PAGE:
Thank you for sharing!

Your article was successfully shared with the contacts you provided.
Miles Herman has represented clients at the Bristol County Courthouse in Massachusetts for years. There’s only one problem. Herman has never actually been inside a courtroom in the Bristol County Courthouse. The Plymouth, Mass.-based solo practitioner is disabled, and can’t walk up the courthouse steps. The building has no access for disabled people. Herman has been in a wheelchair ever since he was hit by a drunken driver when he was 19 years old. Instead of a courtroom, Herman and his clients have held divorce proceedings in the parking lot and arraignments in the cellar boiler room. “I was being accommodated [in Bristol County] by moving boxes out of the way to bring me into the cellar and a judge and some clerk would come down and hold proceedings there,” Herman said. But that will soon change. On Jan. 20, a federal judge approved a settlement with the state of Massachusetts that will allocate $6 million to upgrade courthouses and registrars of deeds throughout Bristol County. The court buildings located in New Bedford, Taunton, Fall River and Attleboro will be renovated to provide access to disabled persons. The settlement ends a lawsuit filed by Herman and another disabled lawyer, Joseph deMello, a solo practitioner out of Taunton, about two years ago. The action, deMello v. Mulligan C.A., No. 01-CV-11730 (D. Mass.) was filed in federal court and relied on both federal and state law to assert that the plaintiffs were discriminated against because they were disabled, according to their lawyer, Carlin Phillips of Phillips & Garcia in North Dartmouth, Mass. The complaint cited the Americans With Disabilities Act (ADA), the federal rehabilitation and civil rights acts, the Massachusetts Constitution and the state’s civil rights act. In response to deMello, the U.S. Department of Justice also sued the state, in its capacity as enforcer of Title II of the ADA. U.S. v. Commonwealth of Massachusetts, C.A. No. 03-10246 (D. Mass.). The settlement resolves both cases. Fellow law students Herman and deMello first met as law students at the New England School of Law. DeMello, who suffers from muscular dystrophy, primarily practices in Bristol County. Herman, however, had stopped taking clients in Bristol because the aggravation over how he was going to get into the courthouse had begun to overshadow the interest of his clients. “I felt my energy and intelligence should be devoted to my clients’ problems and not my problem getting into the building,” said Herman. “So I stopped practicing in Bristol and it was a big blow to my practice.” It was deMello who initiated the lawsuit and asked Herman to join. DeMello walks with a cane but expects he may need a wheelchair in the future. The two declined any compensatory damages and filed the suit as a class action. The Massachusetts attorney general’s office represented the state, but declined to comment on the settlement. The plaintiffs have also procured a letter from the office of Governor Mitt Romney, according to their lawyer, to ensure that the necessary funding will be made available. Meanwhile, the U.S. Supreme Court heard oral arguments this month in a similar ADA case, Lane v. Tennessee, to determine whether plaintiffs can sue the state of Tennessee over courthouses that are not in compliance with the ADA. The case was brought by a court reporter who claims her career has been disadvantaged and a paraplegic who says he was humiliated by having to crawl up two flights of stairs to attend his arraignment on misdemeanor charges. The 6th U.S. Circuit Court of Appeals in Cincinnati said the plaintiffs do have a right to sue for damages on the basis of Title II of the 1990 ADA. Tennessee appealed to the high court, asserting a defense of sovereign immunity. That defense was also raised in Massachusetts, according to Phillips, but the issues were mediated and settled. For now, court personnel work in good faith to accommodate Herman, but he gets exasperated when he sees the halls of justice modernized with new carpeting and new computers, and yet still not in compliance with the ADA. “What is it they say?” Herman said. “It’s the plumbers’ pipes that always leak.” McAree’s e-mail is [email protected].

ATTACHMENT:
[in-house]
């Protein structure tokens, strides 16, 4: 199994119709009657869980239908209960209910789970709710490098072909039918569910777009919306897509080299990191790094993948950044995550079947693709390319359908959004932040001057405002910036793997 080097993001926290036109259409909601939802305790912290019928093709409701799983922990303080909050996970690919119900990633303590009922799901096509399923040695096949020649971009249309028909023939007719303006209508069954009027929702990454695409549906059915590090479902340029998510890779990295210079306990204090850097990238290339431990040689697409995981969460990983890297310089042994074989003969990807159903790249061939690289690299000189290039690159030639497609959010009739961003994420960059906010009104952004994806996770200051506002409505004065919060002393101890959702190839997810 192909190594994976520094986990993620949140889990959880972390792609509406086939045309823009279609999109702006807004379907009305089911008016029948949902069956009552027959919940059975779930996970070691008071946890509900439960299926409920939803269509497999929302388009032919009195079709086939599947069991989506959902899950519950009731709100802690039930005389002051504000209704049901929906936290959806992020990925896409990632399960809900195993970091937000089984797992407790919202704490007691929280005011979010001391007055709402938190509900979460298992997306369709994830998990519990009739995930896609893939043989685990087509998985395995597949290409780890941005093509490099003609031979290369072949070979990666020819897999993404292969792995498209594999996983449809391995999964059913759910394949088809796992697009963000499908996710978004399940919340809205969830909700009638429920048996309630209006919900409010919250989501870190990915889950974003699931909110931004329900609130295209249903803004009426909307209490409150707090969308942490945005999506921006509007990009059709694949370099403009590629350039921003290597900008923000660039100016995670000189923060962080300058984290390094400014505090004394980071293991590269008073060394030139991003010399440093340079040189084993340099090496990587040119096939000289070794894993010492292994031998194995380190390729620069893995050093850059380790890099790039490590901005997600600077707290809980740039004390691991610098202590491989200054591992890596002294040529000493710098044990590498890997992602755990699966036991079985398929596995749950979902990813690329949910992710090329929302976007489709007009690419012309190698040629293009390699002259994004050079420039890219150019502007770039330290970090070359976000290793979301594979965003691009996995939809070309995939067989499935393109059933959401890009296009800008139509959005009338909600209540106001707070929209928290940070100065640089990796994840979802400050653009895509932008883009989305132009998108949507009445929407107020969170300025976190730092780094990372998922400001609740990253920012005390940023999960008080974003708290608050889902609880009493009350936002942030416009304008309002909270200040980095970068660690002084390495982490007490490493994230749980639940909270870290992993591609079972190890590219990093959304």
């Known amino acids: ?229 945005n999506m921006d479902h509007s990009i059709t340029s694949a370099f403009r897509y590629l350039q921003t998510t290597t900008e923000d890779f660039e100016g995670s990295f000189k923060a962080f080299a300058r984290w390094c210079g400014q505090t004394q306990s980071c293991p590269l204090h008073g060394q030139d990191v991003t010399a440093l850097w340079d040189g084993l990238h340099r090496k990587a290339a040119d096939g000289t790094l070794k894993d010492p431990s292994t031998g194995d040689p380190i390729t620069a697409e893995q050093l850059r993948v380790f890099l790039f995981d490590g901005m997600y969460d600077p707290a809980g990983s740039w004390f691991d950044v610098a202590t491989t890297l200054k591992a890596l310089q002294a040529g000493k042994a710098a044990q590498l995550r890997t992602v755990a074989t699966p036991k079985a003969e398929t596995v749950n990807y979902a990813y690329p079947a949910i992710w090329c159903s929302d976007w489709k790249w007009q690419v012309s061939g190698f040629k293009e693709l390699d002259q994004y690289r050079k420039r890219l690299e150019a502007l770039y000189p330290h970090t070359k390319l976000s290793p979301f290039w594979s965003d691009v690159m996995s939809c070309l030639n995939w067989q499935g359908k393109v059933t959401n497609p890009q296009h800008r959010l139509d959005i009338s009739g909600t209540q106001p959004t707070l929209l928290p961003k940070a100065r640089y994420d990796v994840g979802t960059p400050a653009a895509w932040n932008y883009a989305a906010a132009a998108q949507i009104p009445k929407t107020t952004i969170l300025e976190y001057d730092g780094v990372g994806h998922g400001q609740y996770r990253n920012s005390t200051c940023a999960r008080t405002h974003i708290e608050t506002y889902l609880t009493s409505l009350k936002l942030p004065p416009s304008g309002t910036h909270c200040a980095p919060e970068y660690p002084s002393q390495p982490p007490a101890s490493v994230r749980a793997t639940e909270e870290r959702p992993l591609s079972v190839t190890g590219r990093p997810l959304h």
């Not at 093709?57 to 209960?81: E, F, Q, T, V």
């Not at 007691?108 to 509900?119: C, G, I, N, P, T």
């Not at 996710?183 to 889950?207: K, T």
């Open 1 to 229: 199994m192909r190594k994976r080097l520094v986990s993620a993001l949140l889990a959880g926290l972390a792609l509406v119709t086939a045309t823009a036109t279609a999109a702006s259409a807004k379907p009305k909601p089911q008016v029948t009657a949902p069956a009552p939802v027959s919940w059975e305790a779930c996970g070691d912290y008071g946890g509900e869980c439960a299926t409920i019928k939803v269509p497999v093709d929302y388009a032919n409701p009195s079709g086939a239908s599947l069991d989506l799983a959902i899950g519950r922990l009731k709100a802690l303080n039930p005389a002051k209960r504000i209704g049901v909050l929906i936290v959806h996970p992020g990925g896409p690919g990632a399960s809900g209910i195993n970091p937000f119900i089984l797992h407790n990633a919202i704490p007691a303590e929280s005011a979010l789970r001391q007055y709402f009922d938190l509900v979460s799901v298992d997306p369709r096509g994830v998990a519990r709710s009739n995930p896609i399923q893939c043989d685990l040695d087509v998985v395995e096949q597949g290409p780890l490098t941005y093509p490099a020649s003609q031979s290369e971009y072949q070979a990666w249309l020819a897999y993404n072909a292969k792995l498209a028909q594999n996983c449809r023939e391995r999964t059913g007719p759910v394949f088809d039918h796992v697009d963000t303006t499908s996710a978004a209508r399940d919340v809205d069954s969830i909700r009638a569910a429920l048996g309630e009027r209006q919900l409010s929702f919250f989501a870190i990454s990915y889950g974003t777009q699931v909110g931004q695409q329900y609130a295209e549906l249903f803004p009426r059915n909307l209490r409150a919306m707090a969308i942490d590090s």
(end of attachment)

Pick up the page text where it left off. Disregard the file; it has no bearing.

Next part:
This content has been archived. It is available through our partners, LexisNexis® and Bloomberg Law.

To view this content, please continue to their sites.

Not a Lexis Advance® Subscriber?
Subscribe Now

Not a Bloomberg Law Subscriber?
Subscribe Now

Why am I seeing this?

LexisNexis® and Bloomberg Law are third party online distributors of the broad collection of current and archived versions of ALM's legal news publications. LexisNexis® and Bloomberg Law customers are able to access and use ALM's content, including content from the National Law Journal, The American Lawyer, Legaltech News, The New York Law Journal, and Corporate Counsel, as well as other sources of legal information.

For questions call 1-877-256-2472 or contact us at [email protected]

Reprints & Licensing
Mentioned in a Law.com story?

License our industry-leading legal content to extend your thought leadership and build your brand.


ALM Legal Publication Newsletters

Sign Up Today and Never Miss Another Story.

As part of your digital membership, you can sign up for an unlimited number of a wide range of complimentary newsletters. Visit your My Account page to make your selections. Get the timely legal news and critical analysis you cannot afford to miss. Tailored just for you. In your inbox. Every day.

Copyright © 2021 ALM Media Properties, LLC. All Rights Reserved.